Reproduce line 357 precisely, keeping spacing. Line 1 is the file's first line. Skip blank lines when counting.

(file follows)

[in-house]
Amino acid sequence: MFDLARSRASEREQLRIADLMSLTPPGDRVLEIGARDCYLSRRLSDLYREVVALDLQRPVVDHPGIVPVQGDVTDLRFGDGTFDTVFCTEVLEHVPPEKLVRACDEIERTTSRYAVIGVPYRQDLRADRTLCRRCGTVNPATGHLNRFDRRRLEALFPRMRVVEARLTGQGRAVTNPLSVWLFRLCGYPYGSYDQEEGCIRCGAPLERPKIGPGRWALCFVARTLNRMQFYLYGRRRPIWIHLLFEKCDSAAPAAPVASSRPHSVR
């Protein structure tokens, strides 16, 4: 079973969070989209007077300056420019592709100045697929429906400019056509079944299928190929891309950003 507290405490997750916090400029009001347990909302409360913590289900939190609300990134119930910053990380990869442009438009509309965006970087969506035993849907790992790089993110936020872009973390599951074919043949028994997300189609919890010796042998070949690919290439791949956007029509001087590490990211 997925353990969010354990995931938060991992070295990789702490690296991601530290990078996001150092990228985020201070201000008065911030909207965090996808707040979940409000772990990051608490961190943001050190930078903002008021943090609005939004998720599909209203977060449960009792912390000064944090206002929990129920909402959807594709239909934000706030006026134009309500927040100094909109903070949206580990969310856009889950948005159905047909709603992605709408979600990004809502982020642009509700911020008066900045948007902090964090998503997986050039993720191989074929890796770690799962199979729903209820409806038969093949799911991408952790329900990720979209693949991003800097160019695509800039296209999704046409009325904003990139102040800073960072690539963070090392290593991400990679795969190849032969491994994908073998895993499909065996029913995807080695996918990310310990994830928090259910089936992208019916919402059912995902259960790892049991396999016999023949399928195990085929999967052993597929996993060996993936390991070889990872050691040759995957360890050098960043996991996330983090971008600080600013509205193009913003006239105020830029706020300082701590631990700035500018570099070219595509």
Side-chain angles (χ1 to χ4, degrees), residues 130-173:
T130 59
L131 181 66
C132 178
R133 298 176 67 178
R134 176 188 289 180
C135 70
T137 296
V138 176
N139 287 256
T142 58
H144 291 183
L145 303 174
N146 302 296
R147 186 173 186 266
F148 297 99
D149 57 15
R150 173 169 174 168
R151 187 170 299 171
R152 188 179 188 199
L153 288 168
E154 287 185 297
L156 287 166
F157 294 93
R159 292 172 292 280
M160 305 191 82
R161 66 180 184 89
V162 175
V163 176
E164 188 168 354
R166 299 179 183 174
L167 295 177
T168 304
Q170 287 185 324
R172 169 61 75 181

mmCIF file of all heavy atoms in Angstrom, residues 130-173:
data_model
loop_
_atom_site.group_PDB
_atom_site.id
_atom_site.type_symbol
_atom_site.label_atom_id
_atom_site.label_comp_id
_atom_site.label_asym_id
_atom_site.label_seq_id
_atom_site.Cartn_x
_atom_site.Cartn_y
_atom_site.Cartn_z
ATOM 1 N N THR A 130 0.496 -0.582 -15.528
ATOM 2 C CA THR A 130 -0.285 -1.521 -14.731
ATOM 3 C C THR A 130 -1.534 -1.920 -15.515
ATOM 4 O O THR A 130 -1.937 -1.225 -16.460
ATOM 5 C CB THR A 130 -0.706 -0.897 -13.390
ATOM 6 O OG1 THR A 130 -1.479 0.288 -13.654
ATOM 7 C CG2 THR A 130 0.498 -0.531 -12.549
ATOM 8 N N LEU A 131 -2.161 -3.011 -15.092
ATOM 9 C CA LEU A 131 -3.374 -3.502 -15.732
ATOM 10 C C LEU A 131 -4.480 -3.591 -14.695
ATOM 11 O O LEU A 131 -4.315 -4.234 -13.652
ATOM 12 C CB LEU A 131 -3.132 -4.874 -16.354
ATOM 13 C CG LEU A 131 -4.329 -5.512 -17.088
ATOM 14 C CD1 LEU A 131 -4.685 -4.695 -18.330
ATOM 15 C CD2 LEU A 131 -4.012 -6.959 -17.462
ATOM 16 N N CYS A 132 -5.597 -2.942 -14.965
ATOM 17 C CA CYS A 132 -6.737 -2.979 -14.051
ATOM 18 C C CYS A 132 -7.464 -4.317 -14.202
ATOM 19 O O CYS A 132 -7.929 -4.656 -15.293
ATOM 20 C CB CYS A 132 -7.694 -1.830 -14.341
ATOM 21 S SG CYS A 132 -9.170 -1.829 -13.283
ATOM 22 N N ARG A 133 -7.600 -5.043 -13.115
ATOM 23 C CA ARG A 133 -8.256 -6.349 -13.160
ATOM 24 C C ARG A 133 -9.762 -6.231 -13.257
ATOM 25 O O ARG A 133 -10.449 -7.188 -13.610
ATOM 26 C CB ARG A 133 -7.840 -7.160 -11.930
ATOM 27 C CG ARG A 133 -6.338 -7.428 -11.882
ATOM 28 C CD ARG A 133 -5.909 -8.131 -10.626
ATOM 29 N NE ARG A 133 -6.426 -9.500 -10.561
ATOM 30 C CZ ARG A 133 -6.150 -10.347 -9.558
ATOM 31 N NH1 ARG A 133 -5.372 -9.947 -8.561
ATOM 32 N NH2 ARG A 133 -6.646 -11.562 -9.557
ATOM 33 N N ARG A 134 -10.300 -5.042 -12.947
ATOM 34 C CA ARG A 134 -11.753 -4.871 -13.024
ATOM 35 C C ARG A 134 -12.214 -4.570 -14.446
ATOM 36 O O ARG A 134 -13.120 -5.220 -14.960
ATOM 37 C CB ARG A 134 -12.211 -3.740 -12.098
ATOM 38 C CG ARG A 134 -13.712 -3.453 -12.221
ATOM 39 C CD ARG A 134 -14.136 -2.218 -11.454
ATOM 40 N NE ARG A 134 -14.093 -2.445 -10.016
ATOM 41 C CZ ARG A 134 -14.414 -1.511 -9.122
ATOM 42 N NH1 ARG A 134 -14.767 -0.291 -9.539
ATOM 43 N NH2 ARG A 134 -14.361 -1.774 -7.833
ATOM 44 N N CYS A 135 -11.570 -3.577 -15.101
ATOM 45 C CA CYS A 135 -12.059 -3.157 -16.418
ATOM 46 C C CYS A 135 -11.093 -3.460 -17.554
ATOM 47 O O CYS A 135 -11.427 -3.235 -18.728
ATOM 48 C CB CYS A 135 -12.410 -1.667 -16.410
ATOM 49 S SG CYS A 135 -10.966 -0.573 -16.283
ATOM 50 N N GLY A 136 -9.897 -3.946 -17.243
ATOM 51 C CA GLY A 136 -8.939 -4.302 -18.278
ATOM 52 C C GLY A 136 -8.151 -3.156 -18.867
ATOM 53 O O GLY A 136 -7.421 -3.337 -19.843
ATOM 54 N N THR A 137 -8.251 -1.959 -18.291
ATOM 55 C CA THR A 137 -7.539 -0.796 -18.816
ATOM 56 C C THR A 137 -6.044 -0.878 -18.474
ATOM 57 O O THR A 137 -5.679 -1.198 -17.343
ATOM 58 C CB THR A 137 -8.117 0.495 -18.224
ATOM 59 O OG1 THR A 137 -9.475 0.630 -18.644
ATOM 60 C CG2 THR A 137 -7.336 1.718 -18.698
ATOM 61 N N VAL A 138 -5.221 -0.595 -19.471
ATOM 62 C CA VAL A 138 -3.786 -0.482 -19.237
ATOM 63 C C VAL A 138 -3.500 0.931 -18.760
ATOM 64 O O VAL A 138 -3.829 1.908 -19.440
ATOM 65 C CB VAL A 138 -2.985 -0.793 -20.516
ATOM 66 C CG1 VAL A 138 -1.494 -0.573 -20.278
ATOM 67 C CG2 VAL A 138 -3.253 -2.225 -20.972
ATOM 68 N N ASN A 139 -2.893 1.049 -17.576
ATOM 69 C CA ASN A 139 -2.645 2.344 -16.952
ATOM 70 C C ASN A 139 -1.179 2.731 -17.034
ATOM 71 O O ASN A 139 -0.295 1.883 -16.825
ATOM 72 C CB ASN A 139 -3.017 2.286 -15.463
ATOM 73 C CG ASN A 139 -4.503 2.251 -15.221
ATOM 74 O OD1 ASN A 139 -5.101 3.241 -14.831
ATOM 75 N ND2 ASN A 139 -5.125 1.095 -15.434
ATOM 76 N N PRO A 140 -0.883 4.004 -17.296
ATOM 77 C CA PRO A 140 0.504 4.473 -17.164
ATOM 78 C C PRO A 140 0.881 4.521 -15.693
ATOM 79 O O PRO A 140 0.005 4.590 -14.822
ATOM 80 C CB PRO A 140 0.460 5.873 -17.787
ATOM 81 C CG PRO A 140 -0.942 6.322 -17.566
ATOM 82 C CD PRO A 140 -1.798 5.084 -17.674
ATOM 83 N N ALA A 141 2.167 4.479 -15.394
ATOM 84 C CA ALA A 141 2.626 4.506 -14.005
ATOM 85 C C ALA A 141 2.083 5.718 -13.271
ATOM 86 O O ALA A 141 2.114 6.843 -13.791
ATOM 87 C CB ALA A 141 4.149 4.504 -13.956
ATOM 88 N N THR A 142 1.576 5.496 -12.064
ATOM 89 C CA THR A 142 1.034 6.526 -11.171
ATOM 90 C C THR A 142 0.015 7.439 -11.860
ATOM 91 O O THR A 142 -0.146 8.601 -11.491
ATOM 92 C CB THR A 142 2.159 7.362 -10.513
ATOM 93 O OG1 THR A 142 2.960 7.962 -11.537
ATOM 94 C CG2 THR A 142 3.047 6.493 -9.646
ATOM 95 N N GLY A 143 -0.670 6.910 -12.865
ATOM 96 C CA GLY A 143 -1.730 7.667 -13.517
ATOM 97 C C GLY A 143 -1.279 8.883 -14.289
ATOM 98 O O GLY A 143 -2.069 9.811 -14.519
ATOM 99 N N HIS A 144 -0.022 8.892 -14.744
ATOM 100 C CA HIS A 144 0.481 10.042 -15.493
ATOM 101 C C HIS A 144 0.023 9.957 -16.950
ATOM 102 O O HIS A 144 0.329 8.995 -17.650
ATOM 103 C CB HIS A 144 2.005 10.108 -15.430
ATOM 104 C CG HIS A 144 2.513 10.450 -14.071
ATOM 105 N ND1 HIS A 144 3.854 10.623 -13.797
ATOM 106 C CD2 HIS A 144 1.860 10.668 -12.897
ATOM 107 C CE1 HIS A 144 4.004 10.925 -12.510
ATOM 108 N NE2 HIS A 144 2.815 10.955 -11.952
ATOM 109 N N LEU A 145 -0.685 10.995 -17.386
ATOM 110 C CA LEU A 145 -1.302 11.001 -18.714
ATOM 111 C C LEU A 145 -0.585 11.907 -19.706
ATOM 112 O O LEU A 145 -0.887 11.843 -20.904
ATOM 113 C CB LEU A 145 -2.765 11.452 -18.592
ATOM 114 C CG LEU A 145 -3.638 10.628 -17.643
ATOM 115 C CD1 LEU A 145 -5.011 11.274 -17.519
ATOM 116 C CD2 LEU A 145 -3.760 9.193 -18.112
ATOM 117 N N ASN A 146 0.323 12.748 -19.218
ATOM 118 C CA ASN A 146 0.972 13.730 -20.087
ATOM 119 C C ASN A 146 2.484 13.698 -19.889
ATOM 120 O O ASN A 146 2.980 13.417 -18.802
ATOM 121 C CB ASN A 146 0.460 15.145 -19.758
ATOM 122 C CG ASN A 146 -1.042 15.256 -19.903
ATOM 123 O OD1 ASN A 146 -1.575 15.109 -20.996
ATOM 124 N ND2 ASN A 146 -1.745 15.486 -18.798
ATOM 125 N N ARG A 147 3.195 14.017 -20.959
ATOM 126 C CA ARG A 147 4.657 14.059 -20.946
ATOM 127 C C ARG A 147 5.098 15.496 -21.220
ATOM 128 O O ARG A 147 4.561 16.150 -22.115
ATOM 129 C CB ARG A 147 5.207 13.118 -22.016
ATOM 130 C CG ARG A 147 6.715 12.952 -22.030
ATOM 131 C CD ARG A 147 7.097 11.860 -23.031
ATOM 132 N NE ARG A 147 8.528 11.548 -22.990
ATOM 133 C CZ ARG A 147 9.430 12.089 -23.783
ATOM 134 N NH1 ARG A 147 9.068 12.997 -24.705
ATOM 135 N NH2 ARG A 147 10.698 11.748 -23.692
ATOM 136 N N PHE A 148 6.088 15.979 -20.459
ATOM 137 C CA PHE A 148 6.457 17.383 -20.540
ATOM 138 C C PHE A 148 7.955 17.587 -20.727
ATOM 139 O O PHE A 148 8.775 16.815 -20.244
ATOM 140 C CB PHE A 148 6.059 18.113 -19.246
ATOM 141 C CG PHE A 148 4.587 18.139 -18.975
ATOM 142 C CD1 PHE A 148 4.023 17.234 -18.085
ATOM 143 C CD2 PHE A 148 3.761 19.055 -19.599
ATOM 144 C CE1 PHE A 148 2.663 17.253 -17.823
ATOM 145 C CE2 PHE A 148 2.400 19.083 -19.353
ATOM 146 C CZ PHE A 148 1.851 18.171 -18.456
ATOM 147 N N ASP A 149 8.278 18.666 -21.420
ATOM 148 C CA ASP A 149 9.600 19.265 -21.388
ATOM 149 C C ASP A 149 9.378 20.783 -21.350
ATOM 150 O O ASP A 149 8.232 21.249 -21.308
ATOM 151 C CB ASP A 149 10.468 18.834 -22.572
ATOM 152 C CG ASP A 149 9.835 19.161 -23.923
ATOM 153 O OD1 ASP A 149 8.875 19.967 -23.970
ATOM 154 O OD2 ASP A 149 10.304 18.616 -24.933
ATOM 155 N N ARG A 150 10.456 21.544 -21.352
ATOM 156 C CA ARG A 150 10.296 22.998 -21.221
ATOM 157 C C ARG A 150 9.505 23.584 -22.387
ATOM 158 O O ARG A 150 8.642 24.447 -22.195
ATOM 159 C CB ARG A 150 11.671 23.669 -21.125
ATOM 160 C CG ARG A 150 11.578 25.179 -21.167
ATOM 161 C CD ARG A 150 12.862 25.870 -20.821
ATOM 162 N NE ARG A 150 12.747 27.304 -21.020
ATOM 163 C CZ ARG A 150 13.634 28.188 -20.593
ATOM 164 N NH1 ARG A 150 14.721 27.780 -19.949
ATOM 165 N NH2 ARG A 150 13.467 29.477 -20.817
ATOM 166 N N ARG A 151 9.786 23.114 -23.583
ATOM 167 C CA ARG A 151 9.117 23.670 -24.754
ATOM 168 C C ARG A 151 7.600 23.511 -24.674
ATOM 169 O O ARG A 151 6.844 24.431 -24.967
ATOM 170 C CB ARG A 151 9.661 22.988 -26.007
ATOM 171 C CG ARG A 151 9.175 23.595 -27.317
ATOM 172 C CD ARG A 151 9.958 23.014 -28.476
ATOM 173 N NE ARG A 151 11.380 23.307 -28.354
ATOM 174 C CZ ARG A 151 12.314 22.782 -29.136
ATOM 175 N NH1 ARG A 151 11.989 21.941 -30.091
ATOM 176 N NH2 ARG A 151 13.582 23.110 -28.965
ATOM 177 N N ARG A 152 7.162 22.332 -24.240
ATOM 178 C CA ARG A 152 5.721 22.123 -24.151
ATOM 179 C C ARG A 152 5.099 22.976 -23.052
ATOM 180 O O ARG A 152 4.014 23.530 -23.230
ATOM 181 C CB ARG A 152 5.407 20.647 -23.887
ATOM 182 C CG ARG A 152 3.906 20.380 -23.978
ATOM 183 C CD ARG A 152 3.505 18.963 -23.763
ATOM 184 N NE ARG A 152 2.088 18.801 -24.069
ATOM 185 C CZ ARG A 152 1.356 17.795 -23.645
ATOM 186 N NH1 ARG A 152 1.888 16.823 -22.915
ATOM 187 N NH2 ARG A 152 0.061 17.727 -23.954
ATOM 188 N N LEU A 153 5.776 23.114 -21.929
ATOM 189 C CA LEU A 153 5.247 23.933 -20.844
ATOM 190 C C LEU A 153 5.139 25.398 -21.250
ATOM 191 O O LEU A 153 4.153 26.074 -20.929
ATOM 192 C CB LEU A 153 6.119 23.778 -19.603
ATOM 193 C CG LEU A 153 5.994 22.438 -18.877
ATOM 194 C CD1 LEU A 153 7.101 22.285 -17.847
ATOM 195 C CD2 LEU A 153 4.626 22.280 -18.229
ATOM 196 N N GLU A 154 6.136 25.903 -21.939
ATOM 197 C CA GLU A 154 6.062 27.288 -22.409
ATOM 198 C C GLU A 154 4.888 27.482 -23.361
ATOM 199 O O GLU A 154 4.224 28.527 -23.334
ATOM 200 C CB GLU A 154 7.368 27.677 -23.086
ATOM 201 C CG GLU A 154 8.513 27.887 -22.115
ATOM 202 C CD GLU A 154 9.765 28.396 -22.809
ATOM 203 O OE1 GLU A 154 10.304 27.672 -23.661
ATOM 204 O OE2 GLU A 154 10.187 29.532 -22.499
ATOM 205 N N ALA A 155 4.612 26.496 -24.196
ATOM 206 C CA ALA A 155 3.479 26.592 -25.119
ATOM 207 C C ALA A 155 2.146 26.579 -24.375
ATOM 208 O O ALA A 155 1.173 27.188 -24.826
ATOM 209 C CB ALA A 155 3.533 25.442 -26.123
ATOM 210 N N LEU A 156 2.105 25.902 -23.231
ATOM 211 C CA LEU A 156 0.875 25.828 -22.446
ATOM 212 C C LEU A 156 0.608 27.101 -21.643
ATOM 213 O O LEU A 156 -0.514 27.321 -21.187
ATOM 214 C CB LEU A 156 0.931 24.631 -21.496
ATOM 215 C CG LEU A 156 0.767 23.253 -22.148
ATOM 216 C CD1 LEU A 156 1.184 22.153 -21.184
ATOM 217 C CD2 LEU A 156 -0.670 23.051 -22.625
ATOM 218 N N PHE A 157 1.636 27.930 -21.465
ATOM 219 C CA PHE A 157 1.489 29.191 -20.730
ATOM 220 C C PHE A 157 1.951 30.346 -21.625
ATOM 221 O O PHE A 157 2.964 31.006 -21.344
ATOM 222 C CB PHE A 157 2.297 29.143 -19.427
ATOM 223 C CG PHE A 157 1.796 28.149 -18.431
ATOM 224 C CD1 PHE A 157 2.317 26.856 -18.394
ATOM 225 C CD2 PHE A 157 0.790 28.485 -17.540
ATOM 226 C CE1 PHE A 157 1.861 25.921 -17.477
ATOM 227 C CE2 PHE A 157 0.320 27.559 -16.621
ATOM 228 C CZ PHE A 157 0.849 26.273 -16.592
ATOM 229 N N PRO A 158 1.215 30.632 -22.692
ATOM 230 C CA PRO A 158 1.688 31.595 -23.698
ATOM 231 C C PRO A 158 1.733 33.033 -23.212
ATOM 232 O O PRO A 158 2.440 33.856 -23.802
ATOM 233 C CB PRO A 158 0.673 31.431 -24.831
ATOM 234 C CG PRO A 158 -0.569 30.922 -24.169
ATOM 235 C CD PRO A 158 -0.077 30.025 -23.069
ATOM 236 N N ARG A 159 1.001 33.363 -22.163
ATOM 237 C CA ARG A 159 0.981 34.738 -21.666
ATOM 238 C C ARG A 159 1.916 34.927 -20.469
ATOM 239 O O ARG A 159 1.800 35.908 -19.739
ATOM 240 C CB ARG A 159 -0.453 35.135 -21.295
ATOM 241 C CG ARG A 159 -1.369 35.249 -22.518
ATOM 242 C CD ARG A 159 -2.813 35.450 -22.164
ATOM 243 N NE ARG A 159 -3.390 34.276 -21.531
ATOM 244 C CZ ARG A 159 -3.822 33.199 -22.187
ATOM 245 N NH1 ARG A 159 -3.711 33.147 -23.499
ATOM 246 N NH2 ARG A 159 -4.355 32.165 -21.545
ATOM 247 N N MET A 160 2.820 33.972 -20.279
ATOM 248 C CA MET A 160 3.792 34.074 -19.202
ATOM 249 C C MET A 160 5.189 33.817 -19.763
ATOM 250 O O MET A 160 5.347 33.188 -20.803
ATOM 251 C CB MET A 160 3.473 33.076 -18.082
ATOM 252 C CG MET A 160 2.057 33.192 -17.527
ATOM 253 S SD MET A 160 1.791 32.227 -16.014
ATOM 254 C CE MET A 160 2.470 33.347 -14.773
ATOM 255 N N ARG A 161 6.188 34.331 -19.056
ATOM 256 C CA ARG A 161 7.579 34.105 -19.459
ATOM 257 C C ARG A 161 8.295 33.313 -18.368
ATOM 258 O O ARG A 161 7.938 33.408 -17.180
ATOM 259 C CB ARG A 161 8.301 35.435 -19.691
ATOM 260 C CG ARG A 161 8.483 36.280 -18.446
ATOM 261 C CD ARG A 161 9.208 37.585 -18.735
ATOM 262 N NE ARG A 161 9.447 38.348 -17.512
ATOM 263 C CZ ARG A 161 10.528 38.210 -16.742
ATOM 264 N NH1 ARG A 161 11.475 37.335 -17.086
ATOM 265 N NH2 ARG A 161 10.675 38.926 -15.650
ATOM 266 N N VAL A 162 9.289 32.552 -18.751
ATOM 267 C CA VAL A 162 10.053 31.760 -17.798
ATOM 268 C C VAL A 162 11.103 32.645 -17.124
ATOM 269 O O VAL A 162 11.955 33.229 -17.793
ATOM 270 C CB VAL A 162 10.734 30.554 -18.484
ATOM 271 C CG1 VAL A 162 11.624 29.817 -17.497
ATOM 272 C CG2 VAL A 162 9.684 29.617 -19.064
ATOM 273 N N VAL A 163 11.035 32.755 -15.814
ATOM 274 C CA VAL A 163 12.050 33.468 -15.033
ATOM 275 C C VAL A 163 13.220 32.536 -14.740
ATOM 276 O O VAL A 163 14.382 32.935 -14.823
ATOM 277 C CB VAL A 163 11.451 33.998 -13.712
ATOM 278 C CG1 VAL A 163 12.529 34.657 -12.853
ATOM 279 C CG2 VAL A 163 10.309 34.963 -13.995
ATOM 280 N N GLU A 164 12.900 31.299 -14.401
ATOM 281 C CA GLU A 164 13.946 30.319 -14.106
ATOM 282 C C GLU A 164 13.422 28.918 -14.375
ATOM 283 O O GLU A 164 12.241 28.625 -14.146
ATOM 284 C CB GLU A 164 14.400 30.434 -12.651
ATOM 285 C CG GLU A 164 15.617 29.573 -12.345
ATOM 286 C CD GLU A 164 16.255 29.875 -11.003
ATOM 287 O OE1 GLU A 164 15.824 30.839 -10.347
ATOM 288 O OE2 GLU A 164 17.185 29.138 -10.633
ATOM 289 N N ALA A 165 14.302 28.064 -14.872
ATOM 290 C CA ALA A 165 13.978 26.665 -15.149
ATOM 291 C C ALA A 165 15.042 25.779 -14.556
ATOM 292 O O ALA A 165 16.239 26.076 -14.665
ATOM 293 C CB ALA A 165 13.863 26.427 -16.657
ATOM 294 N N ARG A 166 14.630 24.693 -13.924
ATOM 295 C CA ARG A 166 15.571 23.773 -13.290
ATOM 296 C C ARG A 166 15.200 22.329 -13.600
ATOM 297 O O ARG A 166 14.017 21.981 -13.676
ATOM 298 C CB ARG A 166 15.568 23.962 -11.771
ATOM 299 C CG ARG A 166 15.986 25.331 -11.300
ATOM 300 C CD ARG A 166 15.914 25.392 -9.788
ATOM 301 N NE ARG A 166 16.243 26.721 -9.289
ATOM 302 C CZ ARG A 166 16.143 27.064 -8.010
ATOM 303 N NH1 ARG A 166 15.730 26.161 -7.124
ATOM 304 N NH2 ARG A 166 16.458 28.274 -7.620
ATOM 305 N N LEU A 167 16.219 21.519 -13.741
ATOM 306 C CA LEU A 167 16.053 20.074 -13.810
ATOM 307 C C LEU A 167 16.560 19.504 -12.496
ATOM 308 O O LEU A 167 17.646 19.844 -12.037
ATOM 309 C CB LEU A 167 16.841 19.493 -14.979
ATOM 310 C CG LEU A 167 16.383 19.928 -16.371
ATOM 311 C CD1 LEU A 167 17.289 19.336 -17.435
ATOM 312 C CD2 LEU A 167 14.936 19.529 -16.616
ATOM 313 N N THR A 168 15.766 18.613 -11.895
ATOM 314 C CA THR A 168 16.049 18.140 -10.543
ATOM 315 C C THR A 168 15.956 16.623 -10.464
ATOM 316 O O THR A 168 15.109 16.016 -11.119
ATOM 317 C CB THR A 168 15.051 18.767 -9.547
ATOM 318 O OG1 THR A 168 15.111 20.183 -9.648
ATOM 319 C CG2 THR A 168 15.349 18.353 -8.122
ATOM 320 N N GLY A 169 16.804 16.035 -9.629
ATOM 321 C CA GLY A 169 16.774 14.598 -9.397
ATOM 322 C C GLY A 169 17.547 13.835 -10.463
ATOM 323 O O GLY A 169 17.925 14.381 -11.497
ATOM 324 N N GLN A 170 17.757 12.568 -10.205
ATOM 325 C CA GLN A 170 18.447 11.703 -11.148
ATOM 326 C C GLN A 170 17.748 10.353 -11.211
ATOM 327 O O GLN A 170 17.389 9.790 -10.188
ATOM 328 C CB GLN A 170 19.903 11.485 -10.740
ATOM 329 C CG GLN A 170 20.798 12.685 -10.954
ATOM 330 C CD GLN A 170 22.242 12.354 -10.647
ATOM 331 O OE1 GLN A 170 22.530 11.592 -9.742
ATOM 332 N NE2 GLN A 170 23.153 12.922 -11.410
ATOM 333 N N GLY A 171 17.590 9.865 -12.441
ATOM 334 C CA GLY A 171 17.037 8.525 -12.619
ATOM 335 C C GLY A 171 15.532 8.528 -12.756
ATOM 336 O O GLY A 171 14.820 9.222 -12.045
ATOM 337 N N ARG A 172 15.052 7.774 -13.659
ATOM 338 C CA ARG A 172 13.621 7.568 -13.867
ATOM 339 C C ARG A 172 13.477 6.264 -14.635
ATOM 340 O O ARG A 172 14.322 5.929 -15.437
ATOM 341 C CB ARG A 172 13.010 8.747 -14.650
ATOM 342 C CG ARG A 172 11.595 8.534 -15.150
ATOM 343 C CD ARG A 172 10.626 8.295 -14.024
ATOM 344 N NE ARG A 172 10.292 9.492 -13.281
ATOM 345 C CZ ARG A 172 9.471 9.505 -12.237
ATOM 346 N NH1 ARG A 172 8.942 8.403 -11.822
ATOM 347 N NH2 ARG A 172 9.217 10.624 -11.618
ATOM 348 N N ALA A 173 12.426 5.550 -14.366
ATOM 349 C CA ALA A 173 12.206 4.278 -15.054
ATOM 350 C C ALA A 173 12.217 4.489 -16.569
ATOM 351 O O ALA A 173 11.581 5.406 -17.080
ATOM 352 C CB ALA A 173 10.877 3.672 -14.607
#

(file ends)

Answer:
ATOM 306 C CA LEU A 167 16.053 20.074 -13.810